Recipes for online privacy from Firefox
 
Photo by  Soroush Karimi  on  Unsplash

Fact: Data breaches are on the rise. According to web security experts, the frequency of data breaches almost doubled from 2016 to 2017, and 73% of all U.S. companies have experienced some form of a data breach. And yet, while data breach incidents are increasing, many people brush them off unless they are personally affected. That’s a problem.

 

Why recipes?

Gabriela Ivens, a researcher and digital privacy advocate, was curious about what information was compromised during data breaches. Her investigation revealed that all sorts of personal information can be exposed in a breach, and in the case of particularly bad email hacks, actual body content of messages can get released. Within those messages, details of our personal lives can be found. Things like recipes, hundreds of them.

What kind of shellfish do you prefer in your paella? Why do we stir risotto just so? Is overnight oatmeal really better? What’s the secret to a perfect pancake? Cheese dip, hot or cold?

These are just a handful of the surprisingly personal, private stories Gabi uncovered as she sifted through piles of breached data available on the internet. While the recipes themselves are essentially mundane pieces of information, they represent an intimate side of life. They also represent something precious that we lose if we’re not more vigilant about online security — our personal privacy.

If someone were able to hack into your email and found a secret family recipe of yours, what else could they find? Your cell phone number, included in your email signature? Photos of friends and family? Your address included in an invitation to a dinner party? And what could be done with all of that information?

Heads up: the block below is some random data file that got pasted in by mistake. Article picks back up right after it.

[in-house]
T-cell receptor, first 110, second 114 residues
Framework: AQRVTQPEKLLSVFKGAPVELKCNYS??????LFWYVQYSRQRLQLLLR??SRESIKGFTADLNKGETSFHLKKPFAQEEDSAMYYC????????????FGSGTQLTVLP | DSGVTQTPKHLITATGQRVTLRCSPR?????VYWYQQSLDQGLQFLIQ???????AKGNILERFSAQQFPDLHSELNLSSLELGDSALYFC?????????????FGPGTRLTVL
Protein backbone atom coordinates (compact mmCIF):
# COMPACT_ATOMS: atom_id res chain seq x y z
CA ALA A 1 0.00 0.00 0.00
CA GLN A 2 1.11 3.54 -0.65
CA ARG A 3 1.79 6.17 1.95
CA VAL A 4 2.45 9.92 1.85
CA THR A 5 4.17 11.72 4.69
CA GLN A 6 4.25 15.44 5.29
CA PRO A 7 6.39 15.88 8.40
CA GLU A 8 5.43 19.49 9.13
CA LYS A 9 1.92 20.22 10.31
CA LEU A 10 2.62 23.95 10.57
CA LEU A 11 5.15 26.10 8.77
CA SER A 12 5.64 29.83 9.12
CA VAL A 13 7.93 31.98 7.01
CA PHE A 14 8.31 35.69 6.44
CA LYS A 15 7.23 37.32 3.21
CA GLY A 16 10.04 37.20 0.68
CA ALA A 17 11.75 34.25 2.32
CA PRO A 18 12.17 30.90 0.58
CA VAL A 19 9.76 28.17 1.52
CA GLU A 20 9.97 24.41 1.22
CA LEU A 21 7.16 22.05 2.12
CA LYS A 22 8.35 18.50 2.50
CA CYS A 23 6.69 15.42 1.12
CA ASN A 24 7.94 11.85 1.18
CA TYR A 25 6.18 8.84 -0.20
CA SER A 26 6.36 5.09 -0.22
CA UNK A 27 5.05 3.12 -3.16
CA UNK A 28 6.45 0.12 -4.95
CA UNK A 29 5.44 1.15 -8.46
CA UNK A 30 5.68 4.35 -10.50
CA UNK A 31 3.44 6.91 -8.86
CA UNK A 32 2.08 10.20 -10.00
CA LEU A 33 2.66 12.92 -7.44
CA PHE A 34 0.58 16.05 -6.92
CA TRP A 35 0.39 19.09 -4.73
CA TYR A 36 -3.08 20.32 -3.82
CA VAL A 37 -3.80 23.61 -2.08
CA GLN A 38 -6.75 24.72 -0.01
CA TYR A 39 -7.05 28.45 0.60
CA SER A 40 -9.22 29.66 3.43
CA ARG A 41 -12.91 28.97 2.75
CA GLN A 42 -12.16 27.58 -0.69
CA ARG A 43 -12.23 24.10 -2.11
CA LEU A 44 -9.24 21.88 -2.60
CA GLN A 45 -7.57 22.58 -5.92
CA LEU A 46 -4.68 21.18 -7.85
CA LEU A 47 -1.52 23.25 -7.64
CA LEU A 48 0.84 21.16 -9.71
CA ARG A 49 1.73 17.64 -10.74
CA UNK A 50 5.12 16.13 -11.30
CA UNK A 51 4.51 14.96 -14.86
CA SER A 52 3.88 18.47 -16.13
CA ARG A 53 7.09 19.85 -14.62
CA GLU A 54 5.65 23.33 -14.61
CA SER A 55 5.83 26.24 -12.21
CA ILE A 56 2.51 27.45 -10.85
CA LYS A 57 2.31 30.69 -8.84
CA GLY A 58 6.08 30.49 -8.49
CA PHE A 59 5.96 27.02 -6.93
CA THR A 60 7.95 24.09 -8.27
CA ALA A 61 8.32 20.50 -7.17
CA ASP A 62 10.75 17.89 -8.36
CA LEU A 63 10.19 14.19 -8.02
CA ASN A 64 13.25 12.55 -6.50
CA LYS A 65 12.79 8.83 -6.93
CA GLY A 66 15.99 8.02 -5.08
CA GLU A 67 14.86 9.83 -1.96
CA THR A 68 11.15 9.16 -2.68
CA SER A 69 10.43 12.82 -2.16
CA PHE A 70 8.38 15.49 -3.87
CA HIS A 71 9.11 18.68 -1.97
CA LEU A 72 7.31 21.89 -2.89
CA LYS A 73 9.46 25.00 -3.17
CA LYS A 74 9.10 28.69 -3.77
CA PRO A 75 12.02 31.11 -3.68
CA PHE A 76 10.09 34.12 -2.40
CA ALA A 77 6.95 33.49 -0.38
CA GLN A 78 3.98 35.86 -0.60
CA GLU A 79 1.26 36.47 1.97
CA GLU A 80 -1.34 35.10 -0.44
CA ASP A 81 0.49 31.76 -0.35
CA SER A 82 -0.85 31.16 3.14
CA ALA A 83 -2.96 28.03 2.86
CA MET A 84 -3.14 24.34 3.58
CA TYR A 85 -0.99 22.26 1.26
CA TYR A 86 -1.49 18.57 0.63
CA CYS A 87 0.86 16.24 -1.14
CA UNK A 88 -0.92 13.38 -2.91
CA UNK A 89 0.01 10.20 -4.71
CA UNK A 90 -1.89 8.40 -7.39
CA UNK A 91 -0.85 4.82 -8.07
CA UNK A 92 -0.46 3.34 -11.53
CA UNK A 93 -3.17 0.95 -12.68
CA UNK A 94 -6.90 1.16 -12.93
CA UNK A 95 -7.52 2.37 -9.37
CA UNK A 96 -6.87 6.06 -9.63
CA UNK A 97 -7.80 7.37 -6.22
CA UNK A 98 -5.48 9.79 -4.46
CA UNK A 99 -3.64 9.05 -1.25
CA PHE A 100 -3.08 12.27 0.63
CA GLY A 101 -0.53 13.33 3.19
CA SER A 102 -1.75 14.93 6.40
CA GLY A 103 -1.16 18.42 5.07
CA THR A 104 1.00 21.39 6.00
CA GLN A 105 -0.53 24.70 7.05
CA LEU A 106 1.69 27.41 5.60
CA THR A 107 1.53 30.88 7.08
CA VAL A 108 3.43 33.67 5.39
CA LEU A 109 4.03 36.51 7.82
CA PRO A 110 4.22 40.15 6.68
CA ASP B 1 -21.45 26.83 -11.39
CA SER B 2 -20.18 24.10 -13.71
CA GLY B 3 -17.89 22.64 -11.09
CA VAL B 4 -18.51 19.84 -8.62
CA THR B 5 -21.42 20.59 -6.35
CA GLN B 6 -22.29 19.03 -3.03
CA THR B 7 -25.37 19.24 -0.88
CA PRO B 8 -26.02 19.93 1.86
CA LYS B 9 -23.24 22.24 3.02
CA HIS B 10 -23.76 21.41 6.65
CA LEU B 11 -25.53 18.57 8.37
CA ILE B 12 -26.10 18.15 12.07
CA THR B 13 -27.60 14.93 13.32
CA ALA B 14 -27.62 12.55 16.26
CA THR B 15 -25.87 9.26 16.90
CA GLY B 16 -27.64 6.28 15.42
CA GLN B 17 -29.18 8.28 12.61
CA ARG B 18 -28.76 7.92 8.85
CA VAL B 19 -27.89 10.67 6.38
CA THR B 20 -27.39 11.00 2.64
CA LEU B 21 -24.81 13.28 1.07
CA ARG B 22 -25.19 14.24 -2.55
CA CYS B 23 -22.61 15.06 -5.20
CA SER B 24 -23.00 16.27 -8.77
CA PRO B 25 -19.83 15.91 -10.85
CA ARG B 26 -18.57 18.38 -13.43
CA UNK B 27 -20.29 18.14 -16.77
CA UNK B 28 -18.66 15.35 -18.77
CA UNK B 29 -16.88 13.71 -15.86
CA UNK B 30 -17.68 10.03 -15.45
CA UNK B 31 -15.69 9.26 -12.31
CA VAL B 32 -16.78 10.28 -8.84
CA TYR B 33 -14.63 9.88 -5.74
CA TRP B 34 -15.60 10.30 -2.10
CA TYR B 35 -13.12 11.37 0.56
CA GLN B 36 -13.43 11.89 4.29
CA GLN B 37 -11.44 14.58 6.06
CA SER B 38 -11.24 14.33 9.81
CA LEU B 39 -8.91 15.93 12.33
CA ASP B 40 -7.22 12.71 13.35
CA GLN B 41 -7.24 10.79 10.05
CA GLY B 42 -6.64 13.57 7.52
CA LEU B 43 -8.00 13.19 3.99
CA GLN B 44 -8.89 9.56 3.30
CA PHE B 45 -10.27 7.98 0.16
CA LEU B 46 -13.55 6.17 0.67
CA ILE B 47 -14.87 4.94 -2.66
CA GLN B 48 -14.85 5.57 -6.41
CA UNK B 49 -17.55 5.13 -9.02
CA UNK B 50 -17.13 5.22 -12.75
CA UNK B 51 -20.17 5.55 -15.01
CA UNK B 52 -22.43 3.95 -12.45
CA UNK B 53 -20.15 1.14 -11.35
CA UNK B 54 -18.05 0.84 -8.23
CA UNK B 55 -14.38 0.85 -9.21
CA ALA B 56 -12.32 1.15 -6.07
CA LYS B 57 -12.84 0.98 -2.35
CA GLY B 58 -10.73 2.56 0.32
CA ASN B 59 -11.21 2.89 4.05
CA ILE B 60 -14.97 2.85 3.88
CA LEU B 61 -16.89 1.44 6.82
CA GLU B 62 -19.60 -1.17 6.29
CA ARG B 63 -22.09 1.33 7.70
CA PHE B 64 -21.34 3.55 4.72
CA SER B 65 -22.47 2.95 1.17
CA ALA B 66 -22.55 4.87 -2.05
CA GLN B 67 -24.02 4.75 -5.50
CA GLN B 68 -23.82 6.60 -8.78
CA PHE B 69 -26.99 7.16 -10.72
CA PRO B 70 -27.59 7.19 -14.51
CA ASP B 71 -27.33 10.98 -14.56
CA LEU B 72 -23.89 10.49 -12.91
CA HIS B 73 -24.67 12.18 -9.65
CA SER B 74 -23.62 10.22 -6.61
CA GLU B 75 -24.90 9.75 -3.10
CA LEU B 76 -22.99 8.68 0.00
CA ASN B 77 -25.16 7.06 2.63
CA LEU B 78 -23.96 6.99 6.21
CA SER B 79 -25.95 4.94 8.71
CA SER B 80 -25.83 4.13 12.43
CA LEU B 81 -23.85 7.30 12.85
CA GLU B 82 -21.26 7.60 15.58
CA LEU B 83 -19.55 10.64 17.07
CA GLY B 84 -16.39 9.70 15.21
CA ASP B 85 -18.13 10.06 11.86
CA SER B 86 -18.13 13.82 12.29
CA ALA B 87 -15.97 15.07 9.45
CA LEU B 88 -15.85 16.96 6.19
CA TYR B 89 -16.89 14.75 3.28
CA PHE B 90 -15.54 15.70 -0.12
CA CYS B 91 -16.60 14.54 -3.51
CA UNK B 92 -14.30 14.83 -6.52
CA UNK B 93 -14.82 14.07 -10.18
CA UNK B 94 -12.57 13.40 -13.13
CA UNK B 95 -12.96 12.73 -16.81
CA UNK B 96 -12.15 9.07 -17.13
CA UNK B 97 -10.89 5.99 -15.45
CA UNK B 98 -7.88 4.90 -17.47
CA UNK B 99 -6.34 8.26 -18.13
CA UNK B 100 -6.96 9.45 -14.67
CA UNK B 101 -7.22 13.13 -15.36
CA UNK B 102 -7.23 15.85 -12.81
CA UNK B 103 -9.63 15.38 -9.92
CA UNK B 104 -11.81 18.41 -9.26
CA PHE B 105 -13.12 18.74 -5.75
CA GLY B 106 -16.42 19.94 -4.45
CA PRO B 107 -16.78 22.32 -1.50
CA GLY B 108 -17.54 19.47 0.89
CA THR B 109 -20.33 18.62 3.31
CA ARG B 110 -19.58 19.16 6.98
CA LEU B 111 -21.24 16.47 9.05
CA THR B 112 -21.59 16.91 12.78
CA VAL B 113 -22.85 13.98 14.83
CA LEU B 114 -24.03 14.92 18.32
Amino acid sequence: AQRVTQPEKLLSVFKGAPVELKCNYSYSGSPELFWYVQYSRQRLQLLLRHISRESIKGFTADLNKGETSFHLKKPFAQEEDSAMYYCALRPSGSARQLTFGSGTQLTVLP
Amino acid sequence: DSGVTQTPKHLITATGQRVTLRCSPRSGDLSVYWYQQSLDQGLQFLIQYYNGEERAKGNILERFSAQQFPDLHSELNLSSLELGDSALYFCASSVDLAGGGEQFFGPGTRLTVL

Well, a lot. More than most people realize. So when Gabi pitched the idea of a cookbook of emailed recipes collected from data breaches, we were interested in the prospect of connecting something as human as a home-cooked meal to the somewhat cold and detached topic of data breaches. It ended up having more even human implications than we expected.

If you’ve been victim of a data breach, please know that you are not alone. It happens to millions of people every year. While you, as an average internet citizen, cannot prevent or block every attempted privacy breach, there are some things you can do to improve your security after they occur. We have also included some recommendations for how to avoid certain security risks.

And finally, the act of breaking bread with someone is a way to build trust and openness. Why not make some of these dishes for friends and family and have an honest conversation about online security? The internet isn’t going anywhere. It’s time to roll up our sleeves and get our online houses in order.

Monitor your email for breaches

Firefox Monitor is a fast, free service to help you immediately know whether or not to take action when a data breach becomes public. Visit Firefox Monitor to see if your email address has appeared in a data breach, and if so, what you should do about it.